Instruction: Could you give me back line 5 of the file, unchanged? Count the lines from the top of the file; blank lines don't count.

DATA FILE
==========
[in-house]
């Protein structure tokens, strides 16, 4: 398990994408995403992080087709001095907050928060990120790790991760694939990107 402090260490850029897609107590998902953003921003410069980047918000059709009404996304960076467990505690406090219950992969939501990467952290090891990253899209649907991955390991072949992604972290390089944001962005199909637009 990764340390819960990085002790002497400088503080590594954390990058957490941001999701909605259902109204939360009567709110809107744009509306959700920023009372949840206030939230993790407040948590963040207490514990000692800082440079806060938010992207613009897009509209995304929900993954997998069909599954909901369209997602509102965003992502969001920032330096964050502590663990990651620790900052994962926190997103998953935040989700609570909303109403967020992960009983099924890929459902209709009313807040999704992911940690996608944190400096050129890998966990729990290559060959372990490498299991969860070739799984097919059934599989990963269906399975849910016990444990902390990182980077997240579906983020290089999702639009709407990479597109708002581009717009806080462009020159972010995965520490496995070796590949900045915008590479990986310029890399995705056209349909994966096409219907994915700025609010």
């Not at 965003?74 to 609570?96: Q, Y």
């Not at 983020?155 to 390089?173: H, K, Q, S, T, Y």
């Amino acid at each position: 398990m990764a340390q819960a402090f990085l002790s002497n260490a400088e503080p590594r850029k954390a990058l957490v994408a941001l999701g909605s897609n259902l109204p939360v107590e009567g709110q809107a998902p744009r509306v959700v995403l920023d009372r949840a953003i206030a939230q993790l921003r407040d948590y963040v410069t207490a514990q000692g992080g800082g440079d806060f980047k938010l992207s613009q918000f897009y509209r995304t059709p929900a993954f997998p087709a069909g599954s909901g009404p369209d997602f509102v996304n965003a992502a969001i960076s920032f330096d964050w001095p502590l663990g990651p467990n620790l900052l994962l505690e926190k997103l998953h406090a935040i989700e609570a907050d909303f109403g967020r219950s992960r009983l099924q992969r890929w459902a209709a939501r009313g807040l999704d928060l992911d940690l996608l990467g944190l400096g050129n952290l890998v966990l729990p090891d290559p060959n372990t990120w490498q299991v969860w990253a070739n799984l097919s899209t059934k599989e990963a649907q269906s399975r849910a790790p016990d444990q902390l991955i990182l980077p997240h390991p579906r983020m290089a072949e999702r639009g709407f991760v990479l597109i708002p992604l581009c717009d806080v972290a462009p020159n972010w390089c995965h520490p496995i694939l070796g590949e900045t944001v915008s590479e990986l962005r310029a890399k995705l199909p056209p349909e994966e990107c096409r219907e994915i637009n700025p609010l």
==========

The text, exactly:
């Amino acid at each position: 398990m990764a340390q819960a402090f990085l002790s002497n260490a400088e503080p590594r850029k954390a990058l957490v994408a941001l999701g909605s897609n259902l109204p939360v107590e009567g709110q809107a998902p744009r509306v959700v995403l920023d009372r949840a953003i206030a939230q993790l921003r407040d948590y963040v410069t207490a514990q000692g992080g800082g440079d806060f980047k938010l992207s613009q918000f897009y509209r995304t059709p929900a993954f997998p087709a069909g599954s909901g009404p369209d997602f509102v996304n965003a992502a969001i960076s920032f330096d964050w001095p502590l663990g990651p467990n620790l900052l994962l505690e926190k997103l998953h406090a935040i989700e609570a907050d909303f109403g967020r219950s992960r009983l099924q992969r890929w459902a209709a939501r009313g807040l999704d928060l992911d940690l996608l990467g944190l400096g050129n952290l890998v966990l729990p090891d290559p060959n372990t990120w490498q299991v969860w990253a070739n799984l097919s899209t059934k599989e990963a649907q269906s399975r849910a790790p016990d444990q902390l991955i990182l980077p997240h390991p579906r983020m290089a072949e999702r639009g709407f991760v990479l597109i708002p992604l581009c717009d806080v972290a462009p020159n972010w390089c995965h520490p496995i694939l070796g590949e900045t944001v915008s590479e990986l962005r310029a890399k995705l199909p056209p349909e994966e990107c096409r219907e994915i637009n700025p609010l």